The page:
Construction is vital

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Many countries use the construction sector as a benchmarh to measure the health of their economies. The number of new homes in any given period serves as a forecast of good things to come.
A building boom that sees the erection of homes and other buildings are primary indicators used to determine whether or not the gross domestic product (GDP) of a country is in a healthy state.
For, in addition to increasing the demand for raw materials, the construction sector provides employment for large numbers of residents. People who study this sector say it is by far the most far reaching as the dollars generated trickle down more than any other.
We are all aware of that the world is still reeling from the effects of the 2008 recession that was sparked by the US subprime mortgage crisis.
This came about as US home prices declined after peaking in mid-2006. Homeowners’ ability to refinance their loans became more difficult; adjustable-rate mortgages began to reset at higher interest rates (causing higher monthly payments), and mortgage delinquencies soared.
This caused US housing prices to plummet 30 per cent on average and the US stock market to fall approximately 50 per cent by early 2009.
Houses and what they cost can make or break an economy.
With this in mind, we welcome any attempts by either government or the private sector to become the drivers in this business of providing houses.
Government has been known to take the initiative to provide housing for people especially in the wake of natural disasters.
The story has been passed down through generations of two hurricanes that took direct hits on Antigua & Barbuda within a short space of time in 1950. One of them, Hurricane Dog, desroyed most of the wattle-and-daub structures that housed many families who lived on the estates.
Government sought to alleviate the hardship of those affected by building a number of low-income houses, consisting of two rooms, and as a result this led to the formation of many new villages around Antigua. A few of the original concrete structures are still standing in villages Pigotts, Willikies and Freetown, but most have been renovated by their owners.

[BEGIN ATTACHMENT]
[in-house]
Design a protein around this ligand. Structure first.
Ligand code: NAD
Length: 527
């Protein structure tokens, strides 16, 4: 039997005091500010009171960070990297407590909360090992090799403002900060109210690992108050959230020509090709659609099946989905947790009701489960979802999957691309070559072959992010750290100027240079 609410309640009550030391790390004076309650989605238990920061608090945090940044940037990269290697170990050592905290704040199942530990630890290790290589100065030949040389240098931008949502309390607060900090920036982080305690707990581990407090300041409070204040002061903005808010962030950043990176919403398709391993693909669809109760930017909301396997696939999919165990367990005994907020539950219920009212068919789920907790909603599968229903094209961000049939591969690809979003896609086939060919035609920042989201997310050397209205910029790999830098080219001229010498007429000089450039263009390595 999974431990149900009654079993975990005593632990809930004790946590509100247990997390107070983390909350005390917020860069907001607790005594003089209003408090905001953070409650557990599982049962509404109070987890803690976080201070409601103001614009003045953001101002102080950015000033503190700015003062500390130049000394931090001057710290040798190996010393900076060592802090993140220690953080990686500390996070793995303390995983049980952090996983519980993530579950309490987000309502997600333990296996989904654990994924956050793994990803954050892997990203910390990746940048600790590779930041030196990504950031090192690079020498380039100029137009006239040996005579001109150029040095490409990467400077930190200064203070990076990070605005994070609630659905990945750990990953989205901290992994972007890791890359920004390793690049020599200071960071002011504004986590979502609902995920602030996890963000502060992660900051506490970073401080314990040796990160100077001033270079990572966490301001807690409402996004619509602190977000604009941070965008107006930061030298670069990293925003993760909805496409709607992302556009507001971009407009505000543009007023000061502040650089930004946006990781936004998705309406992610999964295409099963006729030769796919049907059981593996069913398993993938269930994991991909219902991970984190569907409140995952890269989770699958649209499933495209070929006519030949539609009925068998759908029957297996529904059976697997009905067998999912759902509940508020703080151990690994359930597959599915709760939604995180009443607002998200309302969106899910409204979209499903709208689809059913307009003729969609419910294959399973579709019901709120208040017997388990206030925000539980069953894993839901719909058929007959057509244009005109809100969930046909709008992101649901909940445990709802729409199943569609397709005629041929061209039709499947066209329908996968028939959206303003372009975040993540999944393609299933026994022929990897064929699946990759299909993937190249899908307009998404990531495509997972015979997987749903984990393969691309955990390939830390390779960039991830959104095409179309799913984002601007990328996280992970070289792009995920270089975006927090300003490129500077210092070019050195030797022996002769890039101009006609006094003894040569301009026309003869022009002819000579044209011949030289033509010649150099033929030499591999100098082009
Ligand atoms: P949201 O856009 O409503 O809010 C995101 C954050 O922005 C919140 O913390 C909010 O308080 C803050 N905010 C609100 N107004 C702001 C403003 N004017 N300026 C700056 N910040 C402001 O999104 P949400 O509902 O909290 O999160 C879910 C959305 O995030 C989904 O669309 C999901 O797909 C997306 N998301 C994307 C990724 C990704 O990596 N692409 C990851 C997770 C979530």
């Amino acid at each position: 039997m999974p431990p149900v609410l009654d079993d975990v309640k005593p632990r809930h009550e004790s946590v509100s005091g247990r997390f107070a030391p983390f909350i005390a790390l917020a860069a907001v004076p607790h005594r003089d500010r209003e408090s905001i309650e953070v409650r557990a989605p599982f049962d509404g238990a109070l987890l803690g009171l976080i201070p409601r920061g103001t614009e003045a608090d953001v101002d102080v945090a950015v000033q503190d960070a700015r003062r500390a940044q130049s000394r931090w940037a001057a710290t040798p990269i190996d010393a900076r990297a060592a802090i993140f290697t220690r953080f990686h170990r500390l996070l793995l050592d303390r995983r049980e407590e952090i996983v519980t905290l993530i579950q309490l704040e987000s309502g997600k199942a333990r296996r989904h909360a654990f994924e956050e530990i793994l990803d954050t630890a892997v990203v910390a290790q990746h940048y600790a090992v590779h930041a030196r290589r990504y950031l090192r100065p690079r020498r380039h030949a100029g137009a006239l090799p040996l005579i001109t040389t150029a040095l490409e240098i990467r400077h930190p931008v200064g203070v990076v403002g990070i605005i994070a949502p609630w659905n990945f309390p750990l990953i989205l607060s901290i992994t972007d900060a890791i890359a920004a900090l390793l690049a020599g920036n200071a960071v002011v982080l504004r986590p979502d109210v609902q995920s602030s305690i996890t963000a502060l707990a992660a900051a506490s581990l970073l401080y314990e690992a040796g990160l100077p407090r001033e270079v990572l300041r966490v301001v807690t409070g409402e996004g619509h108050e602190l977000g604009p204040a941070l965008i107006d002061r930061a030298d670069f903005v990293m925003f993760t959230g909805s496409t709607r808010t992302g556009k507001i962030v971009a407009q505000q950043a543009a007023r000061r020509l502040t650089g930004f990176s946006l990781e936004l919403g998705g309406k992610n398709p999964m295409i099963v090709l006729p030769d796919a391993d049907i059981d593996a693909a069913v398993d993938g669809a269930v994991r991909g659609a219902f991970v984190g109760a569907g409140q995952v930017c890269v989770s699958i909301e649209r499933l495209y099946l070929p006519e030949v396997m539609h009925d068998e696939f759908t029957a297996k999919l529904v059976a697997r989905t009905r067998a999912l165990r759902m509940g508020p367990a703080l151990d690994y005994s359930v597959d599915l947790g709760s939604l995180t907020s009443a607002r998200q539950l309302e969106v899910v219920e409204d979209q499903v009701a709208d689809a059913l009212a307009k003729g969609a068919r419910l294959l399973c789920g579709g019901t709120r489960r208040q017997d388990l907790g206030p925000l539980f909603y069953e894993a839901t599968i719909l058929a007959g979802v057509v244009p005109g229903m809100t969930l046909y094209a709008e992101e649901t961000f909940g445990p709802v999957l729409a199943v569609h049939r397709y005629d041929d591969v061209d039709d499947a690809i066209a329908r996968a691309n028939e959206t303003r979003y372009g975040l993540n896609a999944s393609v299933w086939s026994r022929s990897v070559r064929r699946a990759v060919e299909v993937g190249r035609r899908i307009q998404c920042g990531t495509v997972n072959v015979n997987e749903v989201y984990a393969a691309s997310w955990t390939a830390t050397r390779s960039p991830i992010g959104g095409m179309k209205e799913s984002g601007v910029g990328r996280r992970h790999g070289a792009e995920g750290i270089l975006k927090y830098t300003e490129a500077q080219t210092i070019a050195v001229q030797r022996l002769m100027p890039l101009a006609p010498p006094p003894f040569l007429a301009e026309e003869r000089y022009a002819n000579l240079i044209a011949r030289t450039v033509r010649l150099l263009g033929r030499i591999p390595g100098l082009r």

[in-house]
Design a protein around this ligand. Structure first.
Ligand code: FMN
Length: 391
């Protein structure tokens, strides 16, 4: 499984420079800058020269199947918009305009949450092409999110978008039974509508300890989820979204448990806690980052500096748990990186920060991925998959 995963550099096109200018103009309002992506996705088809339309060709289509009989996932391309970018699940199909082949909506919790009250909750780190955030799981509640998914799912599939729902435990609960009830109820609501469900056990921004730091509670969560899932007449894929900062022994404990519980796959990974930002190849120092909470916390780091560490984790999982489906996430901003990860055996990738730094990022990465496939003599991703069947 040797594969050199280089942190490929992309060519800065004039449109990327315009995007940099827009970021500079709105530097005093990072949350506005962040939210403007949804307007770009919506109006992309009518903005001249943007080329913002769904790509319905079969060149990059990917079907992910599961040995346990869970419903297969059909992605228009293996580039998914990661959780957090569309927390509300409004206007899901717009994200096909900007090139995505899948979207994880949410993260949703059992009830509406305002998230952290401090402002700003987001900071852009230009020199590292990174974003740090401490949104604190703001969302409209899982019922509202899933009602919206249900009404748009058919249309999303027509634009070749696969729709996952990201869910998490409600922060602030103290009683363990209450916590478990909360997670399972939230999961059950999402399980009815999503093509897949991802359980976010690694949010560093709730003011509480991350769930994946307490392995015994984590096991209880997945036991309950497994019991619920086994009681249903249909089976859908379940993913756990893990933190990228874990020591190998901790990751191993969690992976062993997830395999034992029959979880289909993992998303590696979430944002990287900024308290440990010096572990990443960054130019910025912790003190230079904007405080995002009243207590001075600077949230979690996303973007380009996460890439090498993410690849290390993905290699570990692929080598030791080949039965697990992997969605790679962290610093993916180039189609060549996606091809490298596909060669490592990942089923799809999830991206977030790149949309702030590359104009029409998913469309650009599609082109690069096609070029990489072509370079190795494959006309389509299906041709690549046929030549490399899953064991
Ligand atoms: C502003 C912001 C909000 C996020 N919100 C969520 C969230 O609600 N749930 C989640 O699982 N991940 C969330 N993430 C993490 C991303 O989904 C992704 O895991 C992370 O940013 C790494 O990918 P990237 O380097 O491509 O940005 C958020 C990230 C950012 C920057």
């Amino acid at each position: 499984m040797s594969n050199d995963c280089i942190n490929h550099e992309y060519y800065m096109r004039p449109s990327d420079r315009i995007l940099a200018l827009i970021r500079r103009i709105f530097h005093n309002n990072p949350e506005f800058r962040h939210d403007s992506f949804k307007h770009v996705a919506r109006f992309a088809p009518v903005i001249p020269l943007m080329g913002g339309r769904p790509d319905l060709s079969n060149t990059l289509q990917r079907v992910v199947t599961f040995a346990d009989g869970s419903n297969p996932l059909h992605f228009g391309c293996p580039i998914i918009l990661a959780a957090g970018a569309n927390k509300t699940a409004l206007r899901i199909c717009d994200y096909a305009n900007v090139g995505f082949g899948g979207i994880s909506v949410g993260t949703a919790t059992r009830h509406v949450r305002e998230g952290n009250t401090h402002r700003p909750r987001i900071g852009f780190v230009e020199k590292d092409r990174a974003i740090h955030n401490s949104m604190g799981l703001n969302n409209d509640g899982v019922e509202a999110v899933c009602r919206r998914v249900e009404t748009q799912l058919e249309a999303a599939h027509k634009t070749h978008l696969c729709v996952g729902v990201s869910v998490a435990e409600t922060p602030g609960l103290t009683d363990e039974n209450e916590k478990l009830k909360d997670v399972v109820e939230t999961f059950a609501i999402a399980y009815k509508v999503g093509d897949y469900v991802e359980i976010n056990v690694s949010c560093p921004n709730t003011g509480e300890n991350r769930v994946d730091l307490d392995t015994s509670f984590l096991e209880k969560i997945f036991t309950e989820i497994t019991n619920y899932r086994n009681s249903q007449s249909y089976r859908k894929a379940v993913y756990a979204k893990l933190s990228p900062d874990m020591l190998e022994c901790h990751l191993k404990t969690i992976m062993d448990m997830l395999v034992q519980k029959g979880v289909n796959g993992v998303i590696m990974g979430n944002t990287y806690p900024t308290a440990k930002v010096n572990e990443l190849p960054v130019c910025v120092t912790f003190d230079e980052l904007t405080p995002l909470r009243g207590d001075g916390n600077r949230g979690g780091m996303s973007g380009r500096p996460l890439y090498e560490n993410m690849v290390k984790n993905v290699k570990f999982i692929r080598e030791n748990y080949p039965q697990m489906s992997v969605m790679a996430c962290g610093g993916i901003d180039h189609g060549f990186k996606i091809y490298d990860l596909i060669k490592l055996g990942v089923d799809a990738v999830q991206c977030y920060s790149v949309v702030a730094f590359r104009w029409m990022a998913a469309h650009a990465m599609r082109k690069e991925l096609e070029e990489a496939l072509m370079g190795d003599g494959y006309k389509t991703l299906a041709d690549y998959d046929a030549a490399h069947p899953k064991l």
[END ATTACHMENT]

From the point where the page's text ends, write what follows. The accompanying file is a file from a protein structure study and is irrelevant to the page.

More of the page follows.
Since then, numerous other housing projects funded by both government and the private sector have been introduced to the community. The sizes and the designs of the homes have been marketed to reflect the periods they were built, and the owners’ ability to pay the mortgage.
For the most part, these projects have been well received as the need for housing is one of the dictates of a growing population.
In some instances, we have heard of government’s initiatives to build housing geared towards certain groups, for example civil servants, while a number private companies  have sought to capitalise on the opportunity to add to the housing options.
But during any undertaking success or failure is a real outcome and while some of these projects can be described as successful, others can be said to be dismal failures.
From the local perspective, there are several reasons why projects, estimated to cost millions of dollars, can be termed failures.
First to note is the fact in recent years, the cost of homes in projects have been placed in the hundreds of thousands of dollars – figures that are way beyond the reach of low and mid income earners.
On the other hand, people who can afford to construct a $350,000 home, for example, would rather build their own homes. Evidently, Antiguans and Barbudans have not bought into the concept of “uniformity” associated with projects and more often than not they opt to input their individuality.
Over the years, poor construction, inferior materials, and high costs are among the factors that played a part in causing projects to come to a screeching halt.
It seems as if the odds are stacked against wholesale acceptance of housing projects and we doubt the craze will ever reach the point that our communities reflect the subdivisions and gated communities prevalent in North America and Europe.
However, we will contend that the idea of building homes in communities that places the responsiblilty on the individual to maintain aesthetically pleasing surroundings, is an excellent one.

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